Britain could face food shortages “within 14 days” due to the lack of carbon dioxide (CO2) supply, warns the meat industry.
Businesses could grind to a halt if they cannot secure an adequate supply of CO2 as the gas plays a “critical and irreplaceable role” in the food and drinks manufacturing process.
CO2 is used to stun animals, such as pigs and chickens, before slaughtering as well as for vacuum-packing meat products and chilling stages of poultry meat production – but it is a by-product of fertiliser production.
A shortage in the vacuum-packing process means up to five days of shelf life is lost for red meat and 14 days of shelf life is lost for poultry.
Two of the biggest fertiliser factories in the country have suspended operations indefinitely due to a surge in natural gas prices “as it is no longer commercially viable”, which in turn has affected CO2 supplies.
The meat industry warns that once the current stocks of gas run out, which is estimated to be in less than 14 days, some companies will have to stop taking animals and close production lines.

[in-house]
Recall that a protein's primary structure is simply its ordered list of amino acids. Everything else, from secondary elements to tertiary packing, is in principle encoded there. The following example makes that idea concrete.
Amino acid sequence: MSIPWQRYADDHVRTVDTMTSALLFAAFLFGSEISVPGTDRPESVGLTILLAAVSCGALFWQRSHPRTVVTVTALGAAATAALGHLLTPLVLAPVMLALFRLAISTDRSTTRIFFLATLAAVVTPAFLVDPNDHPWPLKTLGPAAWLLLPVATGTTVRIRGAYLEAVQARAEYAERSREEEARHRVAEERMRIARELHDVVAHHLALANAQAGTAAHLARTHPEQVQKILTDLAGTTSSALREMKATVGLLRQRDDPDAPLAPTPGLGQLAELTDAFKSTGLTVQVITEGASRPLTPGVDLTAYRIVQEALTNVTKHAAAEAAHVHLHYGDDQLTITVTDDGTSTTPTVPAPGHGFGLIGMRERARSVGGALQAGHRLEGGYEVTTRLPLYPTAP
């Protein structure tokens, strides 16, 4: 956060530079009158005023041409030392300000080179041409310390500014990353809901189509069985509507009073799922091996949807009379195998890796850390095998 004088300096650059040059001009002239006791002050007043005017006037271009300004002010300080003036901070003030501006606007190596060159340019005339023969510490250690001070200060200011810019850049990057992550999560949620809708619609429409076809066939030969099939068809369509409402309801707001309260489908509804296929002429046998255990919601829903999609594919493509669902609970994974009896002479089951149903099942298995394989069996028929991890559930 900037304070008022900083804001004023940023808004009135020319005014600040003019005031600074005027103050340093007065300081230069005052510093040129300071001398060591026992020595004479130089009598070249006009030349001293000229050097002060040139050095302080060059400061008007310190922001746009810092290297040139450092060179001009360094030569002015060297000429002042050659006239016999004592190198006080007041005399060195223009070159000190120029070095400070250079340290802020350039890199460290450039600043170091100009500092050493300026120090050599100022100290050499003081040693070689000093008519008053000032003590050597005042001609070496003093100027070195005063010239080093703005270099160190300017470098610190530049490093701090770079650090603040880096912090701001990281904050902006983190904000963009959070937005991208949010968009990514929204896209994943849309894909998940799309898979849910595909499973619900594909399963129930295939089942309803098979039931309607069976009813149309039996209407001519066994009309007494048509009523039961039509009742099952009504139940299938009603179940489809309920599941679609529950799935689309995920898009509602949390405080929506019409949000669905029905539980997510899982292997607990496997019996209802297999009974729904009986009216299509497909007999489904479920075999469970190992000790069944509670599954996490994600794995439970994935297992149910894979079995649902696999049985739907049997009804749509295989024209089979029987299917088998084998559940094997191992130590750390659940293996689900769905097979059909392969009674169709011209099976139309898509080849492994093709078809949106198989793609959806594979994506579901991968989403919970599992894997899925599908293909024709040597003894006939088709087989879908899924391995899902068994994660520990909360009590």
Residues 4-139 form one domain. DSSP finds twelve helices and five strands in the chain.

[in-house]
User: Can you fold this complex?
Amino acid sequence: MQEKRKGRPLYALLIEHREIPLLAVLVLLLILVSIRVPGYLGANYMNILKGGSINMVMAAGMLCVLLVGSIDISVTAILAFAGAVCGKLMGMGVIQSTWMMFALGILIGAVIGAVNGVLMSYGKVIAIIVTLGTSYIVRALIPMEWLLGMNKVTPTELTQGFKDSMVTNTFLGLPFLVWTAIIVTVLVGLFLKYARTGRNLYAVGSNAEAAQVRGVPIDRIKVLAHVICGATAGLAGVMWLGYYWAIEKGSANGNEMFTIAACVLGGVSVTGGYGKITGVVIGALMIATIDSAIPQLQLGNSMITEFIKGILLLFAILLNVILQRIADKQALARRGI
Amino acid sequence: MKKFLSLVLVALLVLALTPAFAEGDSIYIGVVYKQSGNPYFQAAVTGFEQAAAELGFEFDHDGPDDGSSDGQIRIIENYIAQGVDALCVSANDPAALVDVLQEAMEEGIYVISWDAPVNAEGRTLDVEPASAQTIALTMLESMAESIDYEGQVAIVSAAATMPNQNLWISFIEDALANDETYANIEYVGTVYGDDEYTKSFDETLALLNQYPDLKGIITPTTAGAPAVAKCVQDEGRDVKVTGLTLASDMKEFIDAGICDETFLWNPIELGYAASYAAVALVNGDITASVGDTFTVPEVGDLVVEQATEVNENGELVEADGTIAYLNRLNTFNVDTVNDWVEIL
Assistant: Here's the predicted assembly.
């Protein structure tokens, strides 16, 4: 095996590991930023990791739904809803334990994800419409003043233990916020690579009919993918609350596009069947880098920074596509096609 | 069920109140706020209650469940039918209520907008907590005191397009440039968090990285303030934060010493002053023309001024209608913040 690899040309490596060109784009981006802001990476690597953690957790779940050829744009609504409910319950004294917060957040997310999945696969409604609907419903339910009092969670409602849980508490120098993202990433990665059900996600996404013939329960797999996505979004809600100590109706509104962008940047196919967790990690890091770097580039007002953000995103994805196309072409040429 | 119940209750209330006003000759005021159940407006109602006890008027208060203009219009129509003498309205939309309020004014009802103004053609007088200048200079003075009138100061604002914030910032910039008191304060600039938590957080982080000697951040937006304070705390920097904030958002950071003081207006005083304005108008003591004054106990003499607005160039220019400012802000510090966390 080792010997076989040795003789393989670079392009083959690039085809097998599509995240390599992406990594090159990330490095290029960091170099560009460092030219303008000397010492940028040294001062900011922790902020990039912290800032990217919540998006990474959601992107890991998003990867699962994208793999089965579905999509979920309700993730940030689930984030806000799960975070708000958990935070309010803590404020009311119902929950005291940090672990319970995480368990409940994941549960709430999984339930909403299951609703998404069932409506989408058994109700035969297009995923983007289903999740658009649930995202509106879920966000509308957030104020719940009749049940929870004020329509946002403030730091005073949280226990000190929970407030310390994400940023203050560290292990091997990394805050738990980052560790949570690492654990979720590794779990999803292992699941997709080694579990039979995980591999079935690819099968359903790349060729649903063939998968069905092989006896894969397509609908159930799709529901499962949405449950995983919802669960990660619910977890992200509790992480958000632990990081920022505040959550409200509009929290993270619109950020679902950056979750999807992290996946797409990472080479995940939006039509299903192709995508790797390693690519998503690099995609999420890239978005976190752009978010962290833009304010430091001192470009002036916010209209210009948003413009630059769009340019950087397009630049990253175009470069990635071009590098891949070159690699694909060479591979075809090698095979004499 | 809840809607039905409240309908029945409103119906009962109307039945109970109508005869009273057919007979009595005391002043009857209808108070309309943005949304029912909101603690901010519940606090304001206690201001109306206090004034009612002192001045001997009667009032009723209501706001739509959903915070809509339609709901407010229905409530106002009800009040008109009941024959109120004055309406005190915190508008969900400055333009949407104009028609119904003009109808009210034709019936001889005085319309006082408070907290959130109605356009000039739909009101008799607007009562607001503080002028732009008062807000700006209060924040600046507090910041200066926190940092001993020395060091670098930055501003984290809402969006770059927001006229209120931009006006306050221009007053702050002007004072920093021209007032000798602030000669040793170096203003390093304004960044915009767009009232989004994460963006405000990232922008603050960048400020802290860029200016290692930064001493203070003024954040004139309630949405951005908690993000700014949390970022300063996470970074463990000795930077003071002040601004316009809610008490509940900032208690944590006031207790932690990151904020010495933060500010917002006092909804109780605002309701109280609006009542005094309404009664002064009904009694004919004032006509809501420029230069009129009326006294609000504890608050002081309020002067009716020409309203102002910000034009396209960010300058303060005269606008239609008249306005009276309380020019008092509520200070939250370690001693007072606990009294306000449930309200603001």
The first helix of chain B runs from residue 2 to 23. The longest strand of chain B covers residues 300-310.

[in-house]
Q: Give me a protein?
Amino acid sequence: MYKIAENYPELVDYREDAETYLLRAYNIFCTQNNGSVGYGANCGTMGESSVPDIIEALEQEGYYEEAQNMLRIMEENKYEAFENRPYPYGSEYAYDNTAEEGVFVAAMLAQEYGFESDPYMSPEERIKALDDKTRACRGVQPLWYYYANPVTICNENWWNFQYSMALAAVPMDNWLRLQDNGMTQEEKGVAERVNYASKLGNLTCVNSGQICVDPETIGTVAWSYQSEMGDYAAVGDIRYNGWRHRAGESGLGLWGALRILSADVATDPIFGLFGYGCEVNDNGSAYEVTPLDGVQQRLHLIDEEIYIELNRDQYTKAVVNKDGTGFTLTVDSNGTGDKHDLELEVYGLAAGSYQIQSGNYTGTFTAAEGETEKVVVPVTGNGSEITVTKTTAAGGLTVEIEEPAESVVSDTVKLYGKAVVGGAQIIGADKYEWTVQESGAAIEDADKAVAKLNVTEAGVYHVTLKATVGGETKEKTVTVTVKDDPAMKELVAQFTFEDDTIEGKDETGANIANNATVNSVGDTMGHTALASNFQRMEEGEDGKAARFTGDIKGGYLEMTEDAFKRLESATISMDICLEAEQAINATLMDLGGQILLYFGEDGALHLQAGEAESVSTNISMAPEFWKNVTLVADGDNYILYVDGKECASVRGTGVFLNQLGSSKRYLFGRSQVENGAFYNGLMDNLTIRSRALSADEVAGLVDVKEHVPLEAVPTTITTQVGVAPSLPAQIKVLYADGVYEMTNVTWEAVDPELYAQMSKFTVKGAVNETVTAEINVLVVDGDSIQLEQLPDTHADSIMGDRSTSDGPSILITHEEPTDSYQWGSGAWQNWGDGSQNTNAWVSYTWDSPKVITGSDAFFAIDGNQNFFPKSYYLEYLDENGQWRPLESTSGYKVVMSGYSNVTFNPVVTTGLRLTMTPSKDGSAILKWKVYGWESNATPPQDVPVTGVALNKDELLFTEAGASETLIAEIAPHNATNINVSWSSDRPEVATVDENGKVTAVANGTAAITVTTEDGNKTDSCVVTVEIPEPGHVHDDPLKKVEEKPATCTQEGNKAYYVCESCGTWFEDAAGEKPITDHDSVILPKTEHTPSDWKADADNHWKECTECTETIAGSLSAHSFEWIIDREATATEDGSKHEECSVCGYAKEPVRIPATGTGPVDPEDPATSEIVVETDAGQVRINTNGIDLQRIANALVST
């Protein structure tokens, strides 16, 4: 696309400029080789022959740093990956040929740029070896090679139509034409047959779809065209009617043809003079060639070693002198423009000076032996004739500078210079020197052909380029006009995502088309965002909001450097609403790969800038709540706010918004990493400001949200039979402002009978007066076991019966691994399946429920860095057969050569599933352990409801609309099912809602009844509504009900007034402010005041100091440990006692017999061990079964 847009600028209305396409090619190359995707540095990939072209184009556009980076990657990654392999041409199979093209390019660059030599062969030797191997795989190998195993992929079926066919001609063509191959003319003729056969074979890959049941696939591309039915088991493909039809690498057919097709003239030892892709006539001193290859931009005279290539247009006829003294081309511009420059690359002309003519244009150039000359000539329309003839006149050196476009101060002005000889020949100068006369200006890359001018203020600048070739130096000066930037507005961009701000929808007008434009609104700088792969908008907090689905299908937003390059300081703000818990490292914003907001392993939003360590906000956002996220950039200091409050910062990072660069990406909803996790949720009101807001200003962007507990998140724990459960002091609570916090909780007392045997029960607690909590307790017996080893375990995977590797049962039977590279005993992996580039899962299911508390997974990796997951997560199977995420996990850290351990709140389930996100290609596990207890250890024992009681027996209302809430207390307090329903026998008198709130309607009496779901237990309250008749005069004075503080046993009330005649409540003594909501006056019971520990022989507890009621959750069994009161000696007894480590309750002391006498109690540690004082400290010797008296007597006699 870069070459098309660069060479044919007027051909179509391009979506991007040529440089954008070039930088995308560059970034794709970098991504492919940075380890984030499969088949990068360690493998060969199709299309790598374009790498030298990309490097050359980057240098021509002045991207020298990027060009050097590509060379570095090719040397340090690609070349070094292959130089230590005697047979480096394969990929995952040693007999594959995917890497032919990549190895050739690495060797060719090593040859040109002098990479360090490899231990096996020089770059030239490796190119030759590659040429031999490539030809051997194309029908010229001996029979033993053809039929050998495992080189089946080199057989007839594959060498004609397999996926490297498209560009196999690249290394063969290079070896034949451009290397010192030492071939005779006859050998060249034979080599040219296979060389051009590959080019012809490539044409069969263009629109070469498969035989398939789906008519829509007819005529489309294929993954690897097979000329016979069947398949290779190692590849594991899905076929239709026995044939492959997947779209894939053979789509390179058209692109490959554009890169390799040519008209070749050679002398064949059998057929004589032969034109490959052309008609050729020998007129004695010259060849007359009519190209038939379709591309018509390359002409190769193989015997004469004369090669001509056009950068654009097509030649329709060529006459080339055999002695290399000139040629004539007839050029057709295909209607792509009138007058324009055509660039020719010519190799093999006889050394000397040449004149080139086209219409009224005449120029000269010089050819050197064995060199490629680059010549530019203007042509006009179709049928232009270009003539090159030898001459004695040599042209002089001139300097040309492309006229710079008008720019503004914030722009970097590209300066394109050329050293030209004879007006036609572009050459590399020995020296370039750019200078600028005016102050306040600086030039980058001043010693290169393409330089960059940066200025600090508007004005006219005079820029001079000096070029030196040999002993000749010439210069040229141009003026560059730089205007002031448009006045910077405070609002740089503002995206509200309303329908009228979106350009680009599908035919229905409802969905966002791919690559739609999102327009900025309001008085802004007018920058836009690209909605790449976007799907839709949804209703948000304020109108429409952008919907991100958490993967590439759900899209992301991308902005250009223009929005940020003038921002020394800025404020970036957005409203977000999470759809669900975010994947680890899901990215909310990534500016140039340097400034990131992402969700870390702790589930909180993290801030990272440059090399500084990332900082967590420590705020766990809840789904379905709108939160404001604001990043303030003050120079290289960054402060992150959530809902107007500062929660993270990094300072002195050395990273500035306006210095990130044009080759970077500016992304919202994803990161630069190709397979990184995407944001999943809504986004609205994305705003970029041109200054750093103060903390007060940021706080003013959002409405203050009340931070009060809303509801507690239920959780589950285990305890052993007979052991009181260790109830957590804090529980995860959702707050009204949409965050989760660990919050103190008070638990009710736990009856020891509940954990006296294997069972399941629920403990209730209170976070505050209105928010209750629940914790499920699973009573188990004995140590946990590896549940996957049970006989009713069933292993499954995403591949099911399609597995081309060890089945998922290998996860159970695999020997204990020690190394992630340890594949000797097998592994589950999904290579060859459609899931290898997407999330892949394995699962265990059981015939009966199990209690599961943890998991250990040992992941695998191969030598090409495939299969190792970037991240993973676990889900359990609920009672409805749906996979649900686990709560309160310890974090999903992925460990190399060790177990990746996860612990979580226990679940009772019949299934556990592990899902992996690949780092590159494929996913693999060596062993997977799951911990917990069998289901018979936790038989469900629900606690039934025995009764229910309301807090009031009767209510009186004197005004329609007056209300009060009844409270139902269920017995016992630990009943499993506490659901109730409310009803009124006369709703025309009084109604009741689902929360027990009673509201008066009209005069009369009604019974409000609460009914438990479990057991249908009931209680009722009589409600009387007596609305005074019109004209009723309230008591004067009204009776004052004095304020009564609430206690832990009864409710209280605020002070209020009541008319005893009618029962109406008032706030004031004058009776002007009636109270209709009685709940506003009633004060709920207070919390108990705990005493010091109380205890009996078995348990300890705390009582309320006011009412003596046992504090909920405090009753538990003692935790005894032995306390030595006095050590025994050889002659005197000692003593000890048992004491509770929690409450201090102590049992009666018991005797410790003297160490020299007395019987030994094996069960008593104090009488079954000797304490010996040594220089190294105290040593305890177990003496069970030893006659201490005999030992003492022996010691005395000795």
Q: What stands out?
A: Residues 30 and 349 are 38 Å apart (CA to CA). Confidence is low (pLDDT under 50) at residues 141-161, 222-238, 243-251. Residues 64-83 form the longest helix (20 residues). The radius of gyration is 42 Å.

Nick Allen, CEO of the British Meat Processors Association (BMPA) said the crisis looks set to be “a lot worse” than the previous shortage experienced in 2018.
He added: “This crisis highlights the fact that the British food supply chain is at the mercy of a small number of major fertiliser producers (four or five companies) spread across northern Europe. We rely on a by-product from their production process to keep Britain’s food chain moving.”
The BMPA attended emergency talks with the Department for Environment, Food and Rural Affairs (Defra) last Friday to discuss the issue.
There is also a priority list for CO2 users in an emergency, including healthcare, nuclear power and livestock production.
Richard Griffiths, Chief Executive of the British Poultry Council said: “In the UK we produce 20 million chickens every week and it is a key part of both retail and food service. We have recently seen the effects of labour shortages have had on parts of the hospitality sector and this new crisis will only compound the problem. Multiply that across other food sectors and that means a lot of food either going to waste or not getting to where it is needed.
“We have dealt with CO2 shortages before but this feels different. We need ministers to recognise the national interest here and step in to help, because the risk of food shortages should be unthinkable. A commitment has been made at the highest levels of government to ‘save Christmas’ and it has to start here and now.”